Philadelphia 76ers: Simmons at center really isn’t all that crazy

(Photo by Mitchell Leff/Getty Images)
(Photo by Mitchell Leff/Getty Images) /

Though it may seem crazy on paper, don’t be surprised if the Philadelphia 76ers deploy their starting PG, Ben Simmons, as a small ball point center in 2018.

If you’ve seen Brian Windhorst on an ESPN show at any point over the last three months talking about the Philadelphia 76ers, he’s probably presented his theory about why Ben Simmons should play some small ball center next season.

According to Windhorst, deploying Simmons at the five spot would not only help to disguise his inability to knock down a jump shot but also give Brett Brown arguably the most athletic five-man set in the entire league when Joel Embiid is off the court.

Honestly, it’s not as crazy as it may sound.

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Now don’t get me wrong, Embiid is, and likely will continue to be the 76ers starting center for the foreseeable future, as he’s easily one of, if not the best player in the league at his position, but really, what does the team have behind him?

After moving on from Richaun Holmes for basically nothing earlier this summer, the Sixers only have two other players on the roster with experience playing the five,  Amir Johnson, and Jonah Bolden.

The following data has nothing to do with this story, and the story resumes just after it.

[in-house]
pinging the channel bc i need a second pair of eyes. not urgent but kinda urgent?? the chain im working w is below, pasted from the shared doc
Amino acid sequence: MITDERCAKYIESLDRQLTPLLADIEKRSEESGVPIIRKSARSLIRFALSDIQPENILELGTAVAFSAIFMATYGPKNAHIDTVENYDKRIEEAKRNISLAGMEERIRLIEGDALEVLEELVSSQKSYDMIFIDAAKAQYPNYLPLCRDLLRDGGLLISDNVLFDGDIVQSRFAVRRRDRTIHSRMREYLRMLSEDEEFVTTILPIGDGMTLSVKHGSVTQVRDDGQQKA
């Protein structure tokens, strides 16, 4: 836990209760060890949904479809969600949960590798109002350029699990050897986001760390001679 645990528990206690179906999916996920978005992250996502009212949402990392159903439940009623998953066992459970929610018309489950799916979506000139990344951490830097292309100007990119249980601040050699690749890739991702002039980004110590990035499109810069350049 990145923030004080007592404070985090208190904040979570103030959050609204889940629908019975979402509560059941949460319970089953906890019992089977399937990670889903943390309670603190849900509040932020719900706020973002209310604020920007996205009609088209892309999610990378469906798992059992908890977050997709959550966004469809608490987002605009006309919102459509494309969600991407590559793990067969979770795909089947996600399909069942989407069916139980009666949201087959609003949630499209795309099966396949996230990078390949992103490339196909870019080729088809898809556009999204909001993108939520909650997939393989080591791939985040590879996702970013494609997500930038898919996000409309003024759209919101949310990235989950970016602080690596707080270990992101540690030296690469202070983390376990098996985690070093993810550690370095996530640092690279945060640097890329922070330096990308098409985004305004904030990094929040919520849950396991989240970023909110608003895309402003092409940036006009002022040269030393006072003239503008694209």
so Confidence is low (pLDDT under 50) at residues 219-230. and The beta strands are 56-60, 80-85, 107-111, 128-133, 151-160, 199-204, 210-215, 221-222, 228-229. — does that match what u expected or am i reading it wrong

But between Johnson’s age and Bolden’s inexperience, that’s hardly a pairing that will strike fear in the hearts of opposing defenses.

No, for Philly to truly step things up and get where they need to be, they need to find creative ways to get their best players on the court, and giving Simmons minutes at the five would certainly help to accomplish that.

And the idea’s not totally unprecedented either.

The player most people associate with Simmons, LeBron James has been featured in”death lineups” for years, where coaches surrounding the all-time great passer with four competent shooters on the wings.

Needless to say, a lineup featuring Landry Shamet at the one, J.J. Redick at the two, Furkan Korkmaz at the three, Robert Covington at the four, and Simmons at center could cause some problems.

Additionally, while playing Simmons at the five could be helpful on the offense of side of the ball, as it would allow the team to load the field with auxiliary shooters, it could also be a major boon to their defensive abilities as well.

Sure, Simmons was pushed around a bit last season by much larger opposing big man, but with a year of training under his belt, it’s conceivable that Simmons’ size, speed, and athleticism could make him an absolute terror under the basket as a shot-blocking rim defender, an element of Coach Brown’s defense often goes without when Embiid is off the court.

Even though it’s not the most conventional way to structure a lineup, playing a team’s starting point guard as their backup center, if last year proved anything, it’s that a team needs to be creative to fully utilize Ben Simmons skill sets to its fullest.

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So why not playing at center? While it may be a bit confusing for fans, just imagine how much more confusing it’ll be to opposing teams trying to guard the 6-foot-10 guard/forward/center.